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Oasis 'renovating' young people's lives

Oasis 'renovating' young people's lives

Oasis 'renovating' young people's lives

22 June 2022

Case worker Elaine Abraham and NSW/ACT Aboriginal and Torres Strait Islander Coordinator Sue Hodges at the Oasis Youth Services centre.

By Jessica Morris

Lives change when people have a safe space to heal – and the Oasis Youth Services team in Newcastle knows this better than most.  

Every year, the Salvation Army-run centre, based in the suburb of Hamilton, supports young people aged 12-25 across the Newcastle, Lake Macquarie and Hunter regions to develop independence.  

Now, thanks to a $23,000 grant from Port Waratah Coal Services, the centre has a refurbished therapeutic room. Named Kaiyu Corner, after the Awabakal word meaning ‘power’, it provides young people with an engaging and culturally appropriate zone to receive counselling and do group work, specialising in early intervention from alcohol and other drugs (AOD).   

“Our team is looking forward to using the different areas within the room to support clients, including the yarning circle and the pamper zone. We are thankful that Port Waratah has shared our vision for this project and partnered with us to make a difference in the lives of young people in Newcastle,” said a representative from Oasis Youth Services.   

Oasis NewcastleOasis Team Leader Matthew Fox and case workers Elaine Abraham and Casey Brown at the Oasis Youth Services centre in Newcastle. 

The site formerly had a recreation room designed as a drop-in centre. After falling into disrepair, Oasis sought funding to refurbish the area to better support its programs and services, including case management, employment training and their Drive for Life program.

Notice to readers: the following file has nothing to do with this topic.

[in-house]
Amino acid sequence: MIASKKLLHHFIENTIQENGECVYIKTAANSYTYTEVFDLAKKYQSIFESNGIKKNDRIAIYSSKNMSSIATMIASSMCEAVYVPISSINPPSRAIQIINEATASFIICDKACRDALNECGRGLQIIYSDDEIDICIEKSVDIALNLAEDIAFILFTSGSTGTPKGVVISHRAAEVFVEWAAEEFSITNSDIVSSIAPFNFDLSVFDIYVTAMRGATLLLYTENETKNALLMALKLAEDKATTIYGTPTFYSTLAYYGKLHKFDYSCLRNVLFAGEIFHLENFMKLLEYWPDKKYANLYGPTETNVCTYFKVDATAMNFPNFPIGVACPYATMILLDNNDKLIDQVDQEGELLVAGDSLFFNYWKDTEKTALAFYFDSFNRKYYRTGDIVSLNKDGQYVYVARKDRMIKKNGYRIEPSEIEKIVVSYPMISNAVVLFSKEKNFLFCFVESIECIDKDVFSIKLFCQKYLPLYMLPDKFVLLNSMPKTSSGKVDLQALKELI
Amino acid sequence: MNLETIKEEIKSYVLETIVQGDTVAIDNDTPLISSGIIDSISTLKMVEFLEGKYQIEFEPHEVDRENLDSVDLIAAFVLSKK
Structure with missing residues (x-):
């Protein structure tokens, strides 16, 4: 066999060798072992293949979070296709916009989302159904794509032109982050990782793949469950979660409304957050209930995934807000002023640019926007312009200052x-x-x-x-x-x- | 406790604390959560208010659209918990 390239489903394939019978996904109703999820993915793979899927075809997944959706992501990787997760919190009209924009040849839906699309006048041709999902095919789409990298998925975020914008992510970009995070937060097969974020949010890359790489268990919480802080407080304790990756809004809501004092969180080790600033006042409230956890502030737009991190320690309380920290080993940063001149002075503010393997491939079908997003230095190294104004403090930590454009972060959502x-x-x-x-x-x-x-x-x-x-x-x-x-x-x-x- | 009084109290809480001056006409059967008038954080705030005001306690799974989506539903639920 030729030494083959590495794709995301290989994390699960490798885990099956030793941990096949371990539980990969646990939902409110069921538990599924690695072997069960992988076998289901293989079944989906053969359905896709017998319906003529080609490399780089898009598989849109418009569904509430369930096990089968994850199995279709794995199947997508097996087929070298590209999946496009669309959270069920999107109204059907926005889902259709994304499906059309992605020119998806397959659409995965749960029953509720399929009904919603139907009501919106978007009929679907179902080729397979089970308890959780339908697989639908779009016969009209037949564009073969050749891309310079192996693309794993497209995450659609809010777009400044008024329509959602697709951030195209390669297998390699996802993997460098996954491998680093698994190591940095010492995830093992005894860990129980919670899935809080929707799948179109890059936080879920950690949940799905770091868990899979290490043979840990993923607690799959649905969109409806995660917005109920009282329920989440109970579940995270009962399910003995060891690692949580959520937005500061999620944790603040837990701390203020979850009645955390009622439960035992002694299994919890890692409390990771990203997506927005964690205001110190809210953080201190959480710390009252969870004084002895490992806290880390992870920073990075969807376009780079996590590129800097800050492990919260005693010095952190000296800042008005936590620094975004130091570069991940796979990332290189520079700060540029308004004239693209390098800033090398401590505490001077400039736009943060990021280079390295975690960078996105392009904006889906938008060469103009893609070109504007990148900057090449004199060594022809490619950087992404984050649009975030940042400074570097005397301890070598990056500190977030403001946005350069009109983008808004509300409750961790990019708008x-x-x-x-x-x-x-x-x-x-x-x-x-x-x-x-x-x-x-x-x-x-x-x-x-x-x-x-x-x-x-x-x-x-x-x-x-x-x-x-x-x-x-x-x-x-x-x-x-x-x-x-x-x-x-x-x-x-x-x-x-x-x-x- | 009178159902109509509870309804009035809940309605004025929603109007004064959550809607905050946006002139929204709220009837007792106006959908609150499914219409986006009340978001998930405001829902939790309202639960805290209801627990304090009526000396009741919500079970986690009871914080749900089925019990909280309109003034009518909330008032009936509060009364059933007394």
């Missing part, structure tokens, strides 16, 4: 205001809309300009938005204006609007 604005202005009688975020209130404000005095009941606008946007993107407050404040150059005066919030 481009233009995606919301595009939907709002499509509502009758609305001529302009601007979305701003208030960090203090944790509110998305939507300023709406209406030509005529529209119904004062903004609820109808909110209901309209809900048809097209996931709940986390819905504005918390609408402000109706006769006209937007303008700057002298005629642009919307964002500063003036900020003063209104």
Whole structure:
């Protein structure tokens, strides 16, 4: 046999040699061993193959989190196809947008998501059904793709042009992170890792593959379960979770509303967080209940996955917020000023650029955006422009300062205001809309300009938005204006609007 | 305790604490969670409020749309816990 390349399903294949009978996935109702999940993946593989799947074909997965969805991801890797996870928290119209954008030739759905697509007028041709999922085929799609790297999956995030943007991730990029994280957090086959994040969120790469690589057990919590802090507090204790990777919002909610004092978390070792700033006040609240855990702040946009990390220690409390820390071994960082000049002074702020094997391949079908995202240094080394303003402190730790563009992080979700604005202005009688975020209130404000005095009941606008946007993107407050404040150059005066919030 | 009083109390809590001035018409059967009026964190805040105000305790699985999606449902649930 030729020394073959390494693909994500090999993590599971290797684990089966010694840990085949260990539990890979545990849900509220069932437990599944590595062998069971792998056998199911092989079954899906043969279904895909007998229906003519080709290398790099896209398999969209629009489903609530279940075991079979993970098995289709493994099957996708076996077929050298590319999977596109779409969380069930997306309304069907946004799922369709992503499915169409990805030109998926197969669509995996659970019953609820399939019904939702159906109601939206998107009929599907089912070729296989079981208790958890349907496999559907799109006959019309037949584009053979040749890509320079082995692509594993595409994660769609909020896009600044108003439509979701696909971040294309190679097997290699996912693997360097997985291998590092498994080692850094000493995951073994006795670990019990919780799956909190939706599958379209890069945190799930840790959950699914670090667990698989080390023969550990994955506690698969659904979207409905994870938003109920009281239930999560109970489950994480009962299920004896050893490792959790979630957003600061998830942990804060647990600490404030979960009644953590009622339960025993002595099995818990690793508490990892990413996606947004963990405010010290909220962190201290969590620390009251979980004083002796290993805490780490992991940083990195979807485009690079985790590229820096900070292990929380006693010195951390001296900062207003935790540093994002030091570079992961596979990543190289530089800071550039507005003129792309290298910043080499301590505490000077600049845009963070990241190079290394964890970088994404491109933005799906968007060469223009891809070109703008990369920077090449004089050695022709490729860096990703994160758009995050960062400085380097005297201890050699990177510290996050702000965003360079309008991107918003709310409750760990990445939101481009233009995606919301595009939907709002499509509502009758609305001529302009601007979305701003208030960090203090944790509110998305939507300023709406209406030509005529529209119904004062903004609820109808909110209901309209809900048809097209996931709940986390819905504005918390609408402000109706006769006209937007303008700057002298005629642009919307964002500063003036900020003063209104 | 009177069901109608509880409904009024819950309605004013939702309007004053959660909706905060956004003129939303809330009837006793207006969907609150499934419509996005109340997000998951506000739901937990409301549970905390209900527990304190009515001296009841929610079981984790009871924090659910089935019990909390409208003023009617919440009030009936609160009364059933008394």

Since opening in December, Oasis staff have seen new life flow from the refurbished area, which also includes a private counselling space and patio. This has been made all the better by the inclusion of interactive sensory elements such as a pool table and a make-up area. 

“We have clients going through [difficult] things in life, including homelessness, domestic violence, family breakdowns, and unemployment. They come along the journey with the AOD space, and our focus is around our preventative early-intervention strategies for people,” says Robyn Bust, Program Manager for Oasis Youth Services across the NSW Central Coast and Hunter regions.  

“When we’ve got a young person coming for an appointment, we don’t know what their morning has looked like or what the previous night has entailed for them. So having a room like what we’ve created breaks down some of those barriers. It creates a welcoming and safe space that is not clinical for us to engage with them.”  

At the official opening, Hennie du Plooy, CEO of Port Waratah Coal Services, said the renovation provided a much-needed reinvigoration of the space to make it appealing and culturally appropriate for young people to reach out for support when they needed it.  

“At Port Waratah, we are very pleased to support this project to deliver an engaging, youth-friendly and culturally-rich space designed to maximise positive outcomes for troubled young people,” he said.   

This financial collaboration has been vital. Oasis workers are aware the needs of their community are far greater than their resources, particularly considering the national housing crisis and COVID-19. This makes the therapeutic room even more important for clients and case workers.  

“Working in partnerships with people is a huge priority for us, and it adds so many more layers to what we’re doing,” says Robyn. “To be able to have clients walk into a space like [Kaiyu Corner] and just instantly feel at home and not so anxious about the appointment they’re walking into [is amazing].”   


  1. This is wonderful. Environment is so important in people’s journey. You’ve shown that creating a space that reduces anxiety and provides a relaxed atmosphere plays a vital role in people’s recovery. Thanks for sharing this wonderful example. Great work team Oasis!

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